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Toenails and Pecan Pie

Mrs. Beazley comes in a few days before Thanksgiving. Her chief complaint: “My nails look awful.” As she sits on the exam table, I notice that she can’t reach her feet to take off her shoes and socks. I review her labs and note her blood sugar level. My mind starts to outline the lecture I’m about to deliver; I start off by saying, “So, tell me what you ate for breakfast today.”

“My son comes in to help me every day,” she says. “He lives near me and helps me get dressed and does few chores. He was unable to cook for me this morning, so I got lobster bisque from the restaurant across the street. That was my breakfast and lunch.”

I am horrified at this choice, given her uncontrolled diabetes. In the meantime, I’ve taken off her shoes and socks. Thick, deformed, long, discolored toenails are the reason she’s here today. “I’m very embarrassed with my feet,” she says, “and don’t want to go to my son’s Thanksgiving dinner.” Somewhere, behind our masks, our female minds connect and I understand her logic. I push aside my medical mental notes and focus on her chief complaint.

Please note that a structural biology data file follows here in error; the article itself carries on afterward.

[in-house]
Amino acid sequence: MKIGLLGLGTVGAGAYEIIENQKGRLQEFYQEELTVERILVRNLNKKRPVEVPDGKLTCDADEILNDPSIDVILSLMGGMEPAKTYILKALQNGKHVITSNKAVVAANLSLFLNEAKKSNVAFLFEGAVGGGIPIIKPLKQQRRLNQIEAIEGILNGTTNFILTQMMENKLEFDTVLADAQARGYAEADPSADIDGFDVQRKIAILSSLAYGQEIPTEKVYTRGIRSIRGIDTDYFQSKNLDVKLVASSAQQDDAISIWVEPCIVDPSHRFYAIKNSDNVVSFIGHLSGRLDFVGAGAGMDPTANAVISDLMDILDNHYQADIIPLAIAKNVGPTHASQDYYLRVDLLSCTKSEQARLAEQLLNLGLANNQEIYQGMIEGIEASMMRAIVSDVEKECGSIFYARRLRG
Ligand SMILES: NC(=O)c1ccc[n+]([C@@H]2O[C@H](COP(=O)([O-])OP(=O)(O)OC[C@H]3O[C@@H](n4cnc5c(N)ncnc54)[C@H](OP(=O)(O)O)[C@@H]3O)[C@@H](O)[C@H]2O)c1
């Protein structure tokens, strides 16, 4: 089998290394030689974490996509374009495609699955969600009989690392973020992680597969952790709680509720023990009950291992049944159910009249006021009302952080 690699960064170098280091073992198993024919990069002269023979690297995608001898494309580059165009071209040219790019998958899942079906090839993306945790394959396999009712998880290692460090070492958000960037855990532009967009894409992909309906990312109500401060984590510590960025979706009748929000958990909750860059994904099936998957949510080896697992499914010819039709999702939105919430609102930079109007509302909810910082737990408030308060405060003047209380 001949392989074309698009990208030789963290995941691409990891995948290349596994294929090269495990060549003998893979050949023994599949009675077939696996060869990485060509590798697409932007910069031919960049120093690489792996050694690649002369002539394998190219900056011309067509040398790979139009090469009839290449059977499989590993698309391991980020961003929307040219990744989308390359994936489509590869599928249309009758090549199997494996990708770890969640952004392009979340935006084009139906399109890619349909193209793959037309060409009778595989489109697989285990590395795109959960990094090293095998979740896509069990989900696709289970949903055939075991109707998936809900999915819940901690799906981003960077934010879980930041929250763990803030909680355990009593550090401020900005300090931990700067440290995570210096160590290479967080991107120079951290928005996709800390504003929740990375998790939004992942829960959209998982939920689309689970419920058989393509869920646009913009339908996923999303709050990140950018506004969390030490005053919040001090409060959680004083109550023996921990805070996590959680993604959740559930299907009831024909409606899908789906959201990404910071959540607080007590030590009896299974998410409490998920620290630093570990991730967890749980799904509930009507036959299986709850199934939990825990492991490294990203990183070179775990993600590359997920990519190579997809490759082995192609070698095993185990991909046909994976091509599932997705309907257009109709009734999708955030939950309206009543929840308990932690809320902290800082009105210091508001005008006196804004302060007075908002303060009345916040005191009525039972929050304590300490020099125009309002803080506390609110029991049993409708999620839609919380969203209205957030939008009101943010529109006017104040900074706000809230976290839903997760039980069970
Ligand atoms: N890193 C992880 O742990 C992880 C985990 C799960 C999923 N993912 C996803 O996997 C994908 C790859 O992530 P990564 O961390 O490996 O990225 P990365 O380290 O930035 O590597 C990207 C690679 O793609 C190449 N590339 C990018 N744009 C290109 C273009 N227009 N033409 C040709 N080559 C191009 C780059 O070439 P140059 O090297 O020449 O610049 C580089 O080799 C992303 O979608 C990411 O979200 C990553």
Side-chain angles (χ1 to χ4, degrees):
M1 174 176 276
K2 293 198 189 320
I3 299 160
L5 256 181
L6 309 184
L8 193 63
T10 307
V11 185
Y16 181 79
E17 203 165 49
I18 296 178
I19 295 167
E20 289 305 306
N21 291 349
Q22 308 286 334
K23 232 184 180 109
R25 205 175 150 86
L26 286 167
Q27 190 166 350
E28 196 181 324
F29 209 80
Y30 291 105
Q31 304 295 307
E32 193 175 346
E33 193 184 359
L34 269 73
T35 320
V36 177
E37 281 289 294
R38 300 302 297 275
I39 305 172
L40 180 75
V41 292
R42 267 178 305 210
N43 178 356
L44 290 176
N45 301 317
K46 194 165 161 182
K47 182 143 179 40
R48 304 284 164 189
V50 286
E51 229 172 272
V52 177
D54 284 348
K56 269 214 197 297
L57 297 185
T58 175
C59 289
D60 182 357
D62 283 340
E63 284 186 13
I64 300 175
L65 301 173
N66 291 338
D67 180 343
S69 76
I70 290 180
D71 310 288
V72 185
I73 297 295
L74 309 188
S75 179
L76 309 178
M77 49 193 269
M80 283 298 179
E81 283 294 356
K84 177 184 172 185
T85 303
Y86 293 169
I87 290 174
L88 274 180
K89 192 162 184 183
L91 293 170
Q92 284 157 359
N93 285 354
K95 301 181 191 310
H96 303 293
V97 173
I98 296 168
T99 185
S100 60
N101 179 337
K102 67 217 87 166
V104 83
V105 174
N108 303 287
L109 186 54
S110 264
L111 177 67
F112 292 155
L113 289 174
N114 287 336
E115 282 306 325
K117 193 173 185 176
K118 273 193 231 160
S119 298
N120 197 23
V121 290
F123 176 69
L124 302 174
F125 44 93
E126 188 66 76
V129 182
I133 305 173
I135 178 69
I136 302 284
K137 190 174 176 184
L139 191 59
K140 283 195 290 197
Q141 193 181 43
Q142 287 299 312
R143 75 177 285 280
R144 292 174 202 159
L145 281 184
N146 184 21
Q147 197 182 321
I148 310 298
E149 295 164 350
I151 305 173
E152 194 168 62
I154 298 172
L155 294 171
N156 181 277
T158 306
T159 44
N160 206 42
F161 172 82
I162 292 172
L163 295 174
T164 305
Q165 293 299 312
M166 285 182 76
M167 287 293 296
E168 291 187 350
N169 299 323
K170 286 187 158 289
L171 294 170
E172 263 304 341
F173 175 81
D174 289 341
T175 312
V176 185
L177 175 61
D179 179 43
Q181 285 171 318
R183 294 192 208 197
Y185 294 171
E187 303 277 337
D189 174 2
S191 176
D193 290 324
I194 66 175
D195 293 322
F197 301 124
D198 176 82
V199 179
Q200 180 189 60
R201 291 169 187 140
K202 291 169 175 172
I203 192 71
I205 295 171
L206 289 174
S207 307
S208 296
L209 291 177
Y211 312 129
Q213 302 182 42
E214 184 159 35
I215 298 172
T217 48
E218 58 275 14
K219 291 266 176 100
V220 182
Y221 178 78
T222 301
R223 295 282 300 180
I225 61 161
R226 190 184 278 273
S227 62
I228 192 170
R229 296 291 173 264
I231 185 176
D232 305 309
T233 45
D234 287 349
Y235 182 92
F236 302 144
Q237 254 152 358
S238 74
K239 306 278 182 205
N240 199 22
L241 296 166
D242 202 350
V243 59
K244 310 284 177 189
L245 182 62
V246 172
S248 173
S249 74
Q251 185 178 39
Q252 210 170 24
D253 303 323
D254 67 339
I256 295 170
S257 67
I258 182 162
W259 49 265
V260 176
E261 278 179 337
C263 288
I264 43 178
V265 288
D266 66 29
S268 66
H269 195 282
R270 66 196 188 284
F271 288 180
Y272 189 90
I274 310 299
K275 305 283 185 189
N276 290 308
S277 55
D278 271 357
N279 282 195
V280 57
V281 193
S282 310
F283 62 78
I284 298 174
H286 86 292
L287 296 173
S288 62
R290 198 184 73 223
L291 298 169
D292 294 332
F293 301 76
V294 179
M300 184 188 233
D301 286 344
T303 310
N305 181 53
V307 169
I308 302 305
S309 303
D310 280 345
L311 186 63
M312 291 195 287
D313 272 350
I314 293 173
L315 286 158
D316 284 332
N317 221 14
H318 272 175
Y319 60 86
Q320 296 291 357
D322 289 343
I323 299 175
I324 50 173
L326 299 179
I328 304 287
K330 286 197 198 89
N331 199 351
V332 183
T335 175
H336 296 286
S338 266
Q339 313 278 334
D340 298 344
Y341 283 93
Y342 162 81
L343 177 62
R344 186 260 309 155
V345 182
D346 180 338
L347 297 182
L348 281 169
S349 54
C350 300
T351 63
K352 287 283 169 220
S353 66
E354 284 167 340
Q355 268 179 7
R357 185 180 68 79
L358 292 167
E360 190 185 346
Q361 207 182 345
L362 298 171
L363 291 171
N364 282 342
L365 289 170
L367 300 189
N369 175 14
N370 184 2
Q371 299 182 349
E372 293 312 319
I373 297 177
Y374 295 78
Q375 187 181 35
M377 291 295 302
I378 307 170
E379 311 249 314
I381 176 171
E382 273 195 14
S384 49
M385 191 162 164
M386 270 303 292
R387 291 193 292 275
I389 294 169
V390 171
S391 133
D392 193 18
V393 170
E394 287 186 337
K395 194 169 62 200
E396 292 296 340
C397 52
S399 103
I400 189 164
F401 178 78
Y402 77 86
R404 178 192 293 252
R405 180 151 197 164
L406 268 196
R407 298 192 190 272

“Let’s see what we can do for you,” I say. I soak her feet in a kidney tray for a few minutes. Then I use some sponges to slough away the dead skin. I rub some bacitracin into her heels and moisturize her skin. My nurse hands me the clippers we use for ingrown toenails. My patient is loving the attention she’s getting. She looks relaxed, enjoying the pampering.

I chip away slowly at her thickened nails—cutting only a millimeter or two at a time. I’m worried about breaking a nail or cutting her skin. But she admires my handiwork and keeps encouraging me to trim a little more. Before I know it, we’ve been laughing and joking together for 45 minutes, and her nails are all trimmed, cleaned, and debrided. She discusses nail color options with my nurse. “Maybe I’ll have them painted Ruby Red,” she says. “I’m not ashamed to get a pedicure now. And a lovely pecan pie is waiting for me at my family’s Thanksgiving table. My son is known for his cooking, and I taught him all he knows.”

After this lovely respite, the physician in me kicks in again, and I bring up food choices. I give her some handouts on healthy eating and a letter for the food pantry on low-fat and low-sugar options. We have a long road ahead of us, but I’ve been her primary-care physician for three years and this is the first time she’s really listened when I talked about food choices. I’m not sure what changes she’ll be able to make, but this listening was a first step.

Nidhi Lal
Acton, Massachusetts

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